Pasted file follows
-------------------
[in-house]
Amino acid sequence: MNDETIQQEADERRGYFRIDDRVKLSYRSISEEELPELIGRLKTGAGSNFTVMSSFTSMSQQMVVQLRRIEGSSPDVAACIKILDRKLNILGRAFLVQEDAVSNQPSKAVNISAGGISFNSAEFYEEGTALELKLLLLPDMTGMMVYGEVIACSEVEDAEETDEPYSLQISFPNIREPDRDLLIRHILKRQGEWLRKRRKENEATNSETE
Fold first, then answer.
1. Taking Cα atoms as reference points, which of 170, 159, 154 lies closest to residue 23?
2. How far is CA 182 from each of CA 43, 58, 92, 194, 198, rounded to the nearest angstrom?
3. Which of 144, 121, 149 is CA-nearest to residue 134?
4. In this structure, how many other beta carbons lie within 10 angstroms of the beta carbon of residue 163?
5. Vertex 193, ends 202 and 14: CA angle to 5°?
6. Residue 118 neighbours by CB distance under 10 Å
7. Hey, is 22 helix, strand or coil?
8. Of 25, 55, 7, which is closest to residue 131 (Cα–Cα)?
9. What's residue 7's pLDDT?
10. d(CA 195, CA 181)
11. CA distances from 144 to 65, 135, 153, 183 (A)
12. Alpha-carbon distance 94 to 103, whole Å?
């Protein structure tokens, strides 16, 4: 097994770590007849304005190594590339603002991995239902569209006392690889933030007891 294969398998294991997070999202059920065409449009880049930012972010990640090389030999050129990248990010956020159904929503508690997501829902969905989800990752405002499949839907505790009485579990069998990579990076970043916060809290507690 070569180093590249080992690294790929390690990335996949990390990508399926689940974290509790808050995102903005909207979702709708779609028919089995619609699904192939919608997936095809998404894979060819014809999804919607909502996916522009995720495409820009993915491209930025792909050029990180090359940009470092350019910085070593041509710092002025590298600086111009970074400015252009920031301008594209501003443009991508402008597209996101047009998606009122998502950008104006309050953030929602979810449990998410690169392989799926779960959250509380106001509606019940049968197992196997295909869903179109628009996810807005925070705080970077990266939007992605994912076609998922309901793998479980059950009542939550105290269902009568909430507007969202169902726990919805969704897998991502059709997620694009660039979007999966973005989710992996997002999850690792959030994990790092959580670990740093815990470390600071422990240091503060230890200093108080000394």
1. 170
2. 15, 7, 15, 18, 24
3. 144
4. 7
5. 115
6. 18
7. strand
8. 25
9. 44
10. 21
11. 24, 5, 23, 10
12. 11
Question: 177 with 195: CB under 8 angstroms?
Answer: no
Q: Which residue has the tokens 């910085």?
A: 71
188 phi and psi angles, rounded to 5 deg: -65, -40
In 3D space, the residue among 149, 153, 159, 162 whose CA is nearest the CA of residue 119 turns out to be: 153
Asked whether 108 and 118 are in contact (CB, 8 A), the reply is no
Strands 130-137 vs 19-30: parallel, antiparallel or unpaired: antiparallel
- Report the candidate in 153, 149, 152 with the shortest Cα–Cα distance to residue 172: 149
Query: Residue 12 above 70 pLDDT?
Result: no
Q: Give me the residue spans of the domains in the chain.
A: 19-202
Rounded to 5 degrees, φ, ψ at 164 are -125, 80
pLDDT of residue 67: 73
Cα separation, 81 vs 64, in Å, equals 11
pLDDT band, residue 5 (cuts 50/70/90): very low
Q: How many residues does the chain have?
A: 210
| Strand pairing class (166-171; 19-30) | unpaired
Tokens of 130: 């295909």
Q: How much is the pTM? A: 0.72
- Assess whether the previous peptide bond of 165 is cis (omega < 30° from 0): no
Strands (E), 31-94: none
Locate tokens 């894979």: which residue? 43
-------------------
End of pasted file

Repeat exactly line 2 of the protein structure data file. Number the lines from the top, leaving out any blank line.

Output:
Amino acid sequence: MNDETIQQEADERRGYFRIDDRVKLSYRSISEEELPELIGRLKTGAGSNFTVMSSFTSMSQQMVVQLRRIEGSSPDVAACIKILDRKLNILGRAFLVQEDAVSNQPSKAVNISAGGISFNSAEFYEEGTALELKLLLLPDMTGMMVYGEVIACSEVEDAEETDEPYSLQISFPNIREPDRDLLIRHILKRQGEWLRKRRKENEATNSETE